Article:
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How to talk to your kids about disasters like CORONA

Don’t worry about getting the explanation right; disasters don’t make sense, especially to young children. However, you should focus on reassuring them that they and everyone they care about are safe and that everything will be alright.

Viruses, tsunamis, earthquakes, hurricanes, wars, and other disasters can occur at any time, and they are hard to process. They can affect your whole family and change life as you know it. Everywhere there are images of human suffering and other information related to the disaster that has occurred. As a parent, you want to guard your child against similar circumstances and the feelings that come up. But how do you explain such events in a nurturing and protective way? Here are some of the ways you can talk to your kids about disasters

1.    Take care of yourself
First, you have to process the situation yourself. Take some time to talk to your partner or someone you trust and work out your feelings and reactions away from your kids. Children tend to think that the world is a safe place, and when disaster strikes, they look to you to comfort and reassure them. The worrying and tension can be overwhelming, especially when your safety is breached. However, before addressing the emotional load disasters place on children, you have to deal with it first. This way, you don’t transfer your anxieties or worries unknowingly to your children. By working through your feelings, you are calmer and less anxious about the situation, making you a better listener and comforter.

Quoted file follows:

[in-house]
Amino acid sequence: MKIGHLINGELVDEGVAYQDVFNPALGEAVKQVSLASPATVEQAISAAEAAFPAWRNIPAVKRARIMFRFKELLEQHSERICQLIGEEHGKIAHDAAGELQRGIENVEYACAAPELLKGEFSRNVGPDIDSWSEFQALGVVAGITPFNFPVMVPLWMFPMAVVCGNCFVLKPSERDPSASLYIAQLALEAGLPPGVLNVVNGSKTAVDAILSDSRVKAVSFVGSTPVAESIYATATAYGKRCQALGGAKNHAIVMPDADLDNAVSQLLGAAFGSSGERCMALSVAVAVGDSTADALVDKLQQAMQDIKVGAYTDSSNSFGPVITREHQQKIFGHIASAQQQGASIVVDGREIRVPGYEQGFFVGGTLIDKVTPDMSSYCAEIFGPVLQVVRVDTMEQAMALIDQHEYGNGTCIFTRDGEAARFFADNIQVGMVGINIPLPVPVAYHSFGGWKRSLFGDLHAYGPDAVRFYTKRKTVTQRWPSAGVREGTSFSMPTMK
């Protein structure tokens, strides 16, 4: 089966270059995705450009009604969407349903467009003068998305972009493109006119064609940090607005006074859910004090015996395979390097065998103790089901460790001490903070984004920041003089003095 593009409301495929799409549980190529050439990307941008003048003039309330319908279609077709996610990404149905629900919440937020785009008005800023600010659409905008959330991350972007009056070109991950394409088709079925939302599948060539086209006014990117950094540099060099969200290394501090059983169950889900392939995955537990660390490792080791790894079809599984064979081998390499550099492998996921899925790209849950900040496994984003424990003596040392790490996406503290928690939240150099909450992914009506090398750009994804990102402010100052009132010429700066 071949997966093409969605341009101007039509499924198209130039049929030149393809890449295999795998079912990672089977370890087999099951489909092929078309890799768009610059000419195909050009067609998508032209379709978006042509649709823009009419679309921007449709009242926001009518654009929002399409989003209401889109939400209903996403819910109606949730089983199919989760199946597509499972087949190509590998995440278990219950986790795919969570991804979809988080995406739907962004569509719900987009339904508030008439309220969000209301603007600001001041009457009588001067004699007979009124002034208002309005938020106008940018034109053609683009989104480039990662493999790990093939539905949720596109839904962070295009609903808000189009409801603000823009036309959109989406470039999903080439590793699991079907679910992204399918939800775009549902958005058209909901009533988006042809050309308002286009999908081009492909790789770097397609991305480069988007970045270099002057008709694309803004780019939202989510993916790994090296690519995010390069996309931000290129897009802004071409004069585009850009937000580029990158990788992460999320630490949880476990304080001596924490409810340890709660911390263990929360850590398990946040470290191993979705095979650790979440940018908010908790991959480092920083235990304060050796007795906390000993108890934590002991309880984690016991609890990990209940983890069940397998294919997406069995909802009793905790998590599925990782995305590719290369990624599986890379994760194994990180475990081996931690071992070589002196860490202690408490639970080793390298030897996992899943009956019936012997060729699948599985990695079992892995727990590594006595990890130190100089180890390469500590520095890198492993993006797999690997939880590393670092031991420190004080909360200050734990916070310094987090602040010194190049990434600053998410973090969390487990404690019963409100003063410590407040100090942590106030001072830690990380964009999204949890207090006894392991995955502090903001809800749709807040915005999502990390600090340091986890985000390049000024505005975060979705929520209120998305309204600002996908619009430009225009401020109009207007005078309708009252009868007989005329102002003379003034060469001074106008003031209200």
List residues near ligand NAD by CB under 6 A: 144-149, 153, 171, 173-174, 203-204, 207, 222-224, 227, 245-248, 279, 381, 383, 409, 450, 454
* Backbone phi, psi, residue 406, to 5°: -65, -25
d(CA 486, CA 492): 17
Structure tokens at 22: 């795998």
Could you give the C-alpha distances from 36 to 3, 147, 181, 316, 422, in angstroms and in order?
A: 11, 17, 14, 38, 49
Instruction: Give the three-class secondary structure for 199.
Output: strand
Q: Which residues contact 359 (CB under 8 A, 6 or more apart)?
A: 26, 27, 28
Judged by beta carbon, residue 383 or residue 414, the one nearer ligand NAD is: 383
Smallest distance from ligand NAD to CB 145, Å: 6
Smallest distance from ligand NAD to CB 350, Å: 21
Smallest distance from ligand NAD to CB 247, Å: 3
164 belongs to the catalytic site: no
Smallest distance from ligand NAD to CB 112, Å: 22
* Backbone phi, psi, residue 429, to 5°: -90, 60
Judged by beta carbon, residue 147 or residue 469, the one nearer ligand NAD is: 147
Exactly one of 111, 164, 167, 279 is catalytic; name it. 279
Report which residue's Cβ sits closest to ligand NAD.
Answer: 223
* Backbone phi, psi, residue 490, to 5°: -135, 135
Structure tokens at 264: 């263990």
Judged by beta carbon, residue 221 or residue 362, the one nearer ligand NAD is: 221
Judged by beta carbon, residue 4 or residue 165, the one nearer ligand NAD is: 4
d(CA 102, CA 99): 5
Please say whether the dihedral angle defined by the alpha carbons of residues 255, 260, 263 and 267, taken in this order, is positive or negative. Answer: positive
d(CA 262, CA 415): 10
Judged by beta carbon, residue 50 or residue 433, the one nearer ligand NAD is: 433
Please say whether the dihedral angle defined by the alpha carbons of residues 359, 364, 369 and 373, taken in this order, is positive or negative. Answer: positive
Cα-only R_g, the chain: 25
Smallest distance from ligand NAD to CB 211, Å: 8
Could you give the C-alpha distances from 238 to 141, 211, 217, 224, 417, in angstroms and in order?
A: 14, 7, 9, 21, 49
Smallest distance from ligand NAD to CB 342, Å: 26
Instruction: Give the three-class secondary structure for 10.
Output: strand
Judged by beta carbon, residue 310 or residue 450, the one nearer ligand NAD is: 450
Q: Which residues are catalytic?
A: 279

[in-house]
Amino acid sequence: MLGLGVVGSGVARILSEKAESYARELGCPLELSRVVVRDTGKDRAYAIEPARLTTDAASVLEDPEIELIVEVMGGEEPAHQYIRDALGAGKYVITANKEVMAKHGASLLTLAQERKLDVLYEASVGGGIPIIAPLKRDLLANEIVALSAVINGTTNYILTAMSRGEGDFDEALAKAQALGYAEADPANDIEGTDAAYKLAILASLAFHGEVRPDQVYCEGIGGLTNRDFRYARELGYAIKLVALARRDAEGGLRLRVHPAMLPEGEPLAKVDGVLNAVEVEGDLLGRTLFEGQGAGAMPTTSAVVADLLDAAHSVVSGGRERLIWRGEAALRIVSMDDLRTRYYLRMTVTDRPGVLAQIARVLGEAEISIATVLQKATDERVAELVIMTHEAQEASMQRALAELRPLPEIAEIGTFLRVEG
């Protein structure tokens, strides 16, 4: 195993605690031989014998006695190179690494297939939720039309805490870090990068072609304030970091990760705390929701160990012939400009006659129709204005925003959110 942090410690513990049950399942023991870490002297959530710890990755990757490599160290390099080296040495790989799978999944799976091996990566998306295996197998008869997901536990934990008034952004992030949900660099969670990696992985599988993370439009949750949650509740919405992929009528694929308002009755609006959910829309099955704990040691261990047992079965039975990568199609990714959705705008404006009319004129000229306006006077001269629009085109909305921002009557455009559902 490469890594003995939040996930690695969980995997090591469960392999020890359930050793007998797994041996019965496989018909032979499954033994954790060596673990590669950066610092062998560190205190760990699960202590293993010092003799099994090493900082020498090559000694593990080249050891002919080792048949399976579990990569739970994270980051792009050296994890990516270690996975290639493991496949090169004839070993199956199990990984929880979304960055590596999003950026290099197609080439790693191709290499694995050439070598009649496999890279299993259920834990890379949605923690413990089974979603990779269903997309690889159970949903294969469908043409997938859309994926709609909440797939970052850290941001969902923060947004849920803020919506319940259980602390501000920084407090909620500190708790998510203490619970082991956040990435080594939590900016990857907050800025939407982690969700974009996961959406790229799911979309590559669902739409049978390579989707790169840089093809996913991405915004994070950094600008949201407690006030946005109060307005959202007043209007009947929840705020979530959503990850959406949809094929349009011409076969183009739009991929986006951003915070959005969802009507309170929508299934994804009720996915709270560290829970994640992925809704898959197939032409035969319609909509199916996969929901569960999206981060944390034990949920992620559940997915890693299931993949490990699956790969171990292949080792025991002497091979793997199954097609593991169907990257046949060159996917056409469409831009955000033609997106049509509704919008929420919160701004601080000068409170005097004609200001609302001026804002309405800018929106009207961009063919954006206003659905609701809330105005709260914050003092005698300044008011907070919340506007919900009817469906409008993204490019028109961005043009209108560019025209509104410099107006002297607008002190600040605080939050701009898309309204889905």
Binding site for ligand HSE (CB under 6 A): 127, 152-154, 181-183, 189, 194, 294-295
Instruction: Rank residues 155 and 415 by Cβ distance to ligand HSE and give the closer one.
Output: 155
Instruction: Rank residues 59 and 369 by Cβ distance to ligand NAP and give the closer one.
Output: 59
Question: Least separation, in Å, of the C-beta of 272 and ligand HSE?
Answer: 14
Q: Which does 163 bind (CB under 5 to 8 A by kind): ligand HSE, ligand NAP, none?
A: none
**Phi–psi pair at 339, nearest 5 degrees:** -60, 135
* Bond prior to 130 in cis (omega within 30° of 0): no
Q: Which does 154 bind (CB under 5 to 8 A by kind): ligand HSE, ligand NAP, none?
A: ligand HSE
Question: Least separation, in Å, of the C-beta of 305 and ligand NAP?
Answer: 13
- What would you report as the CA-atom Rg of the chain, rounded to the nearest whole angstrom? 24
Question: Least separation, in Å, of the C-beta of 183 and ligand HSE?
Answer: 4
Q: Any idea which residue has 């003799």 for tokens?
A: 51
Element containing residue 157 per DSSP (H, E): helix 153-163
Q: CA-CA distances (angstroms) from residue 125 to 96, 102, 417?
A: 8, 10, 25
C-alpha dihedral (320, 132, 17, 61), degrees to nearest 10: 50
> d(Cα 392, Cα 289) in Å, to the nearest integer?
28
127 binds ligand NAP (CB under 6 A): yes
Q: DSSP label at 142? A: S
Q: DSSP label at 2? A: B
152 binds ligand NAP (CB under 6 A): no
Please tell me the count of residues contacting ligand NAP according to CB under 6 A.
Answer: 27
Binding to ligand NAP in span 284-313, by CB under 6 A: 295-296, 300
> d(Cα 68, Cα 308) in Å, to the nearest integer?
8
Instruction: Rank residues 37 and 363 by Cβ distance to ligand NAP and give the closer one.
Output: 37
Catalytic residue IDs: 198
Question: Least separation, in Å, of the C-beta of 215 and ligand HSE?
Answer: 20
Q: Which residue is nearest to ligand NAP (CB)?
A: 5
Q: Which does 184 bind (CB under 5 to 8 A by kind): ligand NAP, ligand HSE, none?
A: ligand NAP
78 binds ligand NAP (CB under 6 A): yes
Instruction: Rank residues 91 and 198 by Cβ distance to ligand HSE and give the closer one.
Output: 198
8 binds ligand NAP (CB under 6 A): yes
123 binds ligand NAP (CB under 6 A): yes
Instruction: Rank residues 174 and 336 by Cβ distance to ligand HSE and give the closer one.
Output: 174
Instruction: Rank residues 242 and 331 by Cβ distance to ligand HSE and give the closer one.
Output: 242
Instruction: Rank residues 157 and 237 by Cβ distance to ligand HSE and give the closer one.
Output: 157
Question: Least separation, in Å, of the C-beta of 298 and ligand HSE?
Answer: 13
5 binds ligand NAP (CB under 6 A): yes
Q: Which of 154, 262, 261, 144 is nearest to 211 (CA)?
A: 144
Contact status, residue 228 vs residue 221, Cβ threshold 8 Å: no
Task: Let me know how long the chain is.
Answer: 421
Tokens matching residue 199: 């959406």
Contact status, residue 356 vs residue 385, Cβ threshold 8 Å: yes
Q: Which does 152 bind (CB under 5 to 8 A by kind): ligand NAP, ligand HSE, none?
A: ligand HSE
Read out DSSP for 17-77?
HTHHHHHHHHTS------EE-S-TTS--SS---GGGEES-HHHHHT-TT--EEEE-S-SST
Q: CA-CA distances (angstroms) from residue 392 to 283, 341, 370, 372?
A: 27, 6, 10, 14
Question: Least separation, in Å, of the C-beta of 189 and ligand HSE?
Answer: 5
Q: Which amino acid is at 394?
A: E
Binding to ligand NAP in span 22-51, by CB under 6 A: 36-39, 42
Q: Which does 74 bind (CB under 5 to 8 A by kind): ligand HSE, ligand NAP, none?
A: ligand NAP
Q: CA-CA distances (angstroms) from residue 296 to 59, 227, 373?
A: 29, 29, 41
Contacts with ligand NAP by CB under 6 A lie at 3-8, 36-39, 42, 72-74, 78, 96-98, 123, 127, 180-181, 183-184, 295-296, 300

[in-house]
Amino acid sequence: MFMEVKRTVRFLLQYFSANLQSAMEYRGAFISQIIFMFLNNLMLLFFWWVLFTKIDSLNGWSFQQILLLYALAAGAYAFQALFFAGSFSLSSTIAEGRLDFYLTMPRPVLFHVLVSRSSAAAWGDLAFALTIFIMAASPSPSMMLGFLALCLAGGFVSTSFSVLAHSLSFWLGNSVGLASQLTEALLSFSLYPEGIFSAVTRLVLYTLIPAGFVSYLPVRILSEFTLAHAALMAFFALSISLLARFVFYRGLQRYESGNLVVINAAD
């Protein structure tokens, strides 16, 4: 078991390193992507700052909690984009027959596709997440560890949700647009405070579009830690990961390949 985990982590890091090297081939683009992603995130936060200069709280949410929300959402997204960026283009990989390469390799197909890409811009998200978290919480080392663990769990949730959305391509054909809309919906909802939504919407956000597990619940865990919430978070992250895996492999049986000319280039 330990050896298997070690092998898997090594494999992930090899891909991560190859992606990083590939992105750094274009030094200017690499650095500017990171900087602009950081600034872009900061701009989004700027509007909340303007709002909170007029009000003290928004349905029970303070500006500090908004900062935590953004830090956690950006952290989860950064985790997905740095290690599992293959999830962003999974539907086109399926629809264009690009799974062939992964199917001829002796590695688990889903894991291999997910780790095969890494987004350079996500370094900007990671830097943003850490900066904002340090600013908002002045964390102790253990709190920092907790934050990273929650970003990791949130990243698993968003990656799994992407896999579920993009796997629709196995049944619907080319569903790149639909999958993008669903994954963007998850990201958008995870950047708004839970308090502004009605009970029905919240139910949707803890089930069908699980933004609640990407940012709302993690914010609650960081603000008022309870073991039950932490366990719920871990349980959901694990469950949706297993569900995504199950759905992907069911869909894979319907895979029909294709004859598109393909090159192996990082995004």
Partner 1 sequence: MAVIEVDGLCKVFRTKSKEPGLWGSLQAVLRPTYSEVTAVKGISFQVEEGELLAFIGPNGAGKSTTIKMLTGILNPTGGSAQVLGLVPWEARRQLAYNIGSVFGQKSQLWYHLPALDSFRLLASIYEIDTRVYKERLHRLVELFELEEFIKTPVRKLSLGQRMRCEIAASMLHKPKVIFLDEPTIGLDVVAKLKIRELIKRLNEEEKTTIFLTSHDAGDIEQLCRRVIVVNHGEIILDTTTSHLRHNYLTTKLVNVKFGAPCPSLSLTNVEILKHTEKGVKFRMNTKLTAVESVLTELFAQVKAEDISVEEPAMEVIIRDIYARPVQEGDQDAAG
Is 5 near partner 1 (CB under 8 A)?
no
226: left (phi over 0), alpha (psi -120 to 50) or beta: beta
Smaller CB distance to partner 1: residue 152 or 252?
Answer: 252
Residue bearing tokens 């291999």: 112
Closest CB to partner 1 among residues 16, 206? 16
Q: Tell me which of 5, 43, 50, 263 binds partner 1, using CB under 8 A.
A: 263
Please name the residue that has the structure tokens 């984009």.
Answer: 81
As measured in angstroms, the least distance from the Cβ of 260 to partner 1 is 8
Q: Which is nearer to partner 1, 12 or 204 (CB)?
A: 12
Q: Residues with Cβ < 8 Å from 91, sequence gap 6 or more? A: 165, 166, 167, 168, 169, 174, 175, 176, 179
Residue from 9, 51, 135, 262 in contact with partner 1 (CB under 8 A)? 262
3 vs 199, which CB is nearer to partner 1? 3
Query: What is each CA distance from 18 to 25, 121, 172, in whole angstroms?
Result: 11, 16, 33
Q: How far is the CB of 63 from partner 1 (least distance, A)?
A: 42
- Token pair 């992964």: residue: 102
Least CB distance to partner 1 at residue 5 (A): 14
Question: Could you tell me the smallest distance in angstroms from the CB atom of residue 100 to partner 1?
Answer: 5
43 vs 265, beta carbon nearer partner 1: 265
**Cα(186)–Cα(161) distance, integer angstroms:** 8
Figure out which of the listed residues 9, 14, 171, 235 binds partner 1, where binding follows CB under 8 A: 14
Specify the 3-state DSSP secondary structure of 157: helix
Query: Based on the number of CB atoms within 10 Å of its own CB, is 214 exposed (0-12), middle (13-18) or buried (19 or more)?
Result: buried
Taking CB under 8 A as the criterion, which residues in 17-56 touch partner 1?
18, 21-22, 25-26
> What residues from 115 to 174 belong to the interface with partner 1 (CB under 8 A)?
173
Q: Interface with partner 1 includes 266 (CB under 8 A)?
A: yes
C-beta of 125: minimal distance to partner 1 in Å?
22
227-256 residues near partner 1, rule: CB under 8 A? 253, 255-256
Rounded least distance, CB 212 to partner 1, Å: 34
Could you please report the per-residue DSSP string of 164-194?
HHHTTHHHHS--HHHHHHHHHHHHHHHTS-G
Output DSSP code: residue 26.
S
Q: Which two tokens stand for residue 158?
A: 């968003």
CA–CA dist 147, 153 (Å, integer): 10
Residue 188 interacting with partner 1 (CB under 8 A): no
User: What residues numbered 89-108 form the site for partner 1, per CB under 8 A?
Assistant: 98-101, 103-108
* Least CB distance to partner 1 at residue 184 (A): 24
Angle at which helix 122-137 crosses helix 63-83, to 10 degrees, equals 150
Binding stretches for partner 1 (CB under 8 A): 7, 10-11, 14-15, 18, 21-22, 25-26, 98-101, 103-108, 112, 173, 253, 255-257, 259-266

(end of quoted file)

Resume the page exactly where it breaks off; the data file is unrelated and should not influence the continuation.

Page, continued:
2.    Control the narrative
Disasters and deadly incidents often make headlines, and whether you are living in or outside the affected zone, news and information about it are everywhere. So you should be mindful of what your children are picking up from the internet and media. In such instances, everyone is glued to the TV, radio, or social media to get more information about what is going on. However, such unlimited exposure can have adverse effects on kids. Limiting their exposure to the media can help ease their worry and protect them. You can turn off the television or limit their screen time, especially for older kids, as they have access to social media sites. Instead, watch the news with your children and talk to them about what’s happening. This way, you are sure they have the correct information, and you can answer any questions they might have.

3.    Find out what they know
There is a tendency among parents to assume that they know what their kids are thinking or going through. Unfortunately, because kids are not always forthcoming with their feelings and concerns, it can be hard to tell what they are. Ask open-ended queries such as “How are you feeling?” “What’s on your mind?” or “What have you heard about...” These questions can open up a dialogue allowing you to find out what they know about the situation, their concerns, and fears. Even if you aren’t directly affected, your kids could be worried about family members or friends who are. So as you talk to them, offer as much information as they can process and remember that no matter what age they are, your kids need to know that they are safe.

Don’t worry about getting the explanation right; disasters don’t make sense, especially to young children. However, you should focus on reassuring them that they and everyone they care about are safe and that everything will be alright.

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